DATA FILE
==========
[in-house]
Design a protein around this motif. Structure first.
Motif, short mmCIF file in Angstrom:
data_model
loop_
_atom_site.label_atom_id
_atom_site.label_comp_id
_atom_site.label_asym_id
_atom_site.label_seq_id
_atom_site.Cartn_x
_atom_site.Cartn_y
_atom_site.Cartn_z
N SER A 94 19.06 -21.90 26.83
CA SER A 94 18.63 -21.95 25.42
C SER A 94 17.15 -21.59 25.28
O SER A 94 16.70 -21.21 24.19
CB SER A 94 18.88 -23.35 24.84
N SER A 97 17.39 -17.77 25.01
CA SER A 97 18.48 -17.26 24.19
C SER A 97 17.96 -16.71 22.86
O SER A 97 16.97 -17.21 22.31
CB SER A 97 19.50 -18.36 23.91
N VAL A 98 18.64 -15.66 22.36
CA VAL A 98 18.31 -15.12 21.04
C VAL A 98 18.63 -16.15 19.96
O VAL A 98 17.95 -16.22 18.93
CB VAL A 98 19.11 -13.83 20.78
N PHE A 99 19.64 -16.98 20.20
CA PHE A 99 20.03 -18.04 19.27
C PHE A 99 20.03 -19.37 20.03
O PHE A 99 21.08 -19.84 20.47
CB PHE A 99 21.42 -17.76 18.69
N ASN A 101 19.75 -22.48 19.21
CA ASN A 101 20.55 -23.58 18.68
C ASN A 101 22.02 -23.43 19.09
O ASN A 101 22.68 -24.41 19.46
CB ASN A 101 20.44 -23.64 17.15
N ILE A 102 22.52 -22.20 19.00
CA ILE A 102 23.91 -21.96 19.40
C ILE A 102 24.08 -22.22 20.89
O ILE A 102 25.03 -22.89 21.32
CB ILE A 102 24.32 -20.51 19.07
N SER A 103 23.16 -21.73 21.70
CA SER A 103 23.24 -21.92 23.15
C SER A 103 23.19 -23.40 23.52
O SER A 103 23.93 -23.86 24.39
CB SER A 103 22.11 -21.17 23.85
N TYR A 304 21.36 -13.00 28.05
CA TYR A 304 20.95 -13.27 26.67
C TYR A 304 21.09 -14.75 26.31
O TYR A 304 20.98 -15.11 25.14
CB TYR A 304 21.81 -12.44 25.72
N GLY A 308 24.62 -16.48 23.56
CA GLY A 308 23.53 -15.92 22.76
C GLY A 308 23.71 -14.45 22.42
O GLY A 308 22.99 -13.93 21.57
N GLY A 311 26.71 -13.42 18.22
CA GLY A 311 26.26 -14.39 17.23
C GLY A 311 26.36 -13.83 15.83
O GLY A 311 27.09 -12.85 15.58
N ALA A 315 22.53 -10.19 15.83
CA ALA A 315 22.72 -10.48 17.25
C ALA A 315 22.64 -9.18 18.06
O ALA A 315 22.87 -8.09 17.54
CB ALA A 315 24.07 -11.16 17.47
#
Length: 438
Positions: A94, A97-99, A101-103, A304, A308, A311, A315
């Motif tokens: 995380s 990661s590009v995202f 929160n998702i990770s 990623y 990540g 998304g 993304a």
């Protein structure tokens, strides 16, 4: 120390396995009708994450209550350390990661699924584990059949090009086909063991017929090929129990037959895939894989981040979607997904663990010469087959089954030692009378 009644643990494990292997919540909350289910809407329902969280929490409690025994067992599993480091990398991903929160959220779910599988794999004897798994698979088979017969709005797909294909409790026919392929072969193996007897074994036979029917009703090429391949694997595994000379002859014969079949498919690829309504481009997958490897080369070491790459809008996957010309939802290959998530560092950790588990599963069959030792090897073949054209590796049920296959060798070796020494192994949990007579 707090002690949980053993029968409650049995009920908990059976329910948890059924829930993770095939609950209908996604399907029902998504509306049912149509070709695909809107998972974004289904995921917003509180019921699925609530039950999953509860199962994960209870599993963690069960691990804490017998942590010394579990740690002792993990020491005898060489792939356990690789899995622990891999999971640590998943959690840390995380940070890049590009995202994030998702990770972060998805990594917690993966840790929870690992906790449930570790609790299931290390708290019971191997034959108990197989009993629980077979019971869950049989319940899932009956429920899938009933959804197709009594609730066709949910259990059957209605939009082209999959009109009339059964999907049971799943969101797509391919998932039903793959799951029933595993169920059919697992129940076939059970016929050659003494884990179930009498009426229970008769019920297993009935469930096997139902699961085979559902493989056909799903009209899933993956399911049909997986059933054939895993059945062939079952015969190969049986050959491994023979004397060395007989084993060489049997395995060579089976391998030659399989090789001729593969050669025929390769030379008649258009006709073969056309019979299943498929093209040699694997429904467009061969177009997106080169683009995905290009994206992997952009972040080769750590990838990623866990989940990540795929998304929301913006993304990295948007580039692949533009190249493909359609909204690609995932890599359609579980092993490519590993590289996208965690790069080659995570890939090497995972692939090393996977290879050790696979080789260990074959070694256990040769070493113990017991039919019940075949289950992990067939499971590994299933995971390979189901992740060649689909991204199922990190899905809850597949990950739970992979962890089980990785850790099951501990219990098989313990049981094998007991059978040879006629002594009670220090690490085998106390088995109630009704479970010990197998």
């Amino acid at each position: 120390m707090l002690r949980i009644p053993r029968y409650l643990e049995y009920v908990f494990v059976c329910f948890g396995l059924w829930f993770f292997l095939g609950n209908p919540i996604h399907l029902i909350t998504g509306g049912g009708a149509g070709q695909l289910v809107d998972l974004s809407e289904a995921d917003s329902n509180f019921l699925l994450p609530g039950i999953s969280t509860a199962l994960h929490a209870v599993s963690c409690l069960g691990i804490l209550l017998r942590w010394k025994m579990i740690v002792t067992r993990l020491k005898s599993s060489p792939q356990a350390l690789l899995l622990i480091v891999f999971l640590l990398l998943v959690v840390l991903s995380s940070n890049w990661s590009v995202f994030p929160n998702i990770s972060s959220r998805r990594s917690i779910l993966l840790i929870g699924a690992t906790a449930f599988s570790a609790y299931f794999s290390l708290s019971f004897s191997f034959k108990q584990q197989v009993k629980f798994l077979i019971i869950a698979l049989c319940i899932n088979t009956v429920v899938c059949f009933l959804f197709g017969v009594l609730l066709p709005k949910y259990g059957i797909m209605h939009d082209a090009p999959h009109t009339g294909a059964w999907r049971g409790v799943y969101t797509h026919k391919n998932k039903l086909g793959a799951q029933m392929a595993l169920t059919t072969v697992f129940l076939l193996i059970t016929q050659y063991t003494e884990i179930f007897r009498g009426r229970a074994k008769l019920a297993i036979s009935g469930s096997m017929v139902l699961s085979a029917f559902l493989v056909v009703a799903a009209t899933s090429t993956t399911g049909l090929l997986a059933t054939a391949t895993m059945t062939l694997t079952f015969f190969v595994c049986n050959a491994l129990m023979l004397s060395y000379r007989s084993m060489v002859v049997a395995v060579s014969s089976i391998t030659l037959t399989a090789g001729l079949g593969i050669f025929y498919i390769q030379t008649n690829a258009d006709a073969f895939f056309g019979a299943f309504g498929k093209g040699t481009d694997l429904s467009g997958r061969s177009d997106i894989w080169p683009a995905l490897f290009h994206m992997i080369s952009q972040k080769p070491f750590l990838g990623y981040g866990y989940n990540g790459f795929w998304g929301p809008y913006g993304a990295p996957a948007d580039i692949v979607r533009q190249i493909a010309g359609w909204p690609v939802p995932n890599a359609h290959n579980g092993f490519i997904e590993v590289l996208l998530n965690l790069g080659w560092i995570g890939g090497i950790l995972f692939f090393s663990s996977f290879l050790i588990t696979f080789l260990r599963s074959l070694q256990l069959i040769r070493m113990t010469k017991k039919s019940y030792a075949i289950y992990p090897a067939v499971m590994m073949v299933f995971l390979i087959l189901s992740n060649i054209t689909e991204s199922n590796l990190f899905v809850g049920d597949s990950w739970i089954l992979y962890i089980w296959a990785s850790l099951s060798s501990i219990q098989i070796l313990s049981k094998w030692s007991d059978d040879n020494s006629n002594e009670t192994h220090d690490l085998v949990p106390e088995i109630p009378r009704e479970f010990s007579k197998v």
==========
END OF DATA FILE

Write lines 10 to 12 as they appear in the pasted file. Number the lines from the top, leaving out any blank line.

_atom_site.Cartn_x
_atom_site.Cartn_y
_atom_site.Cartn_z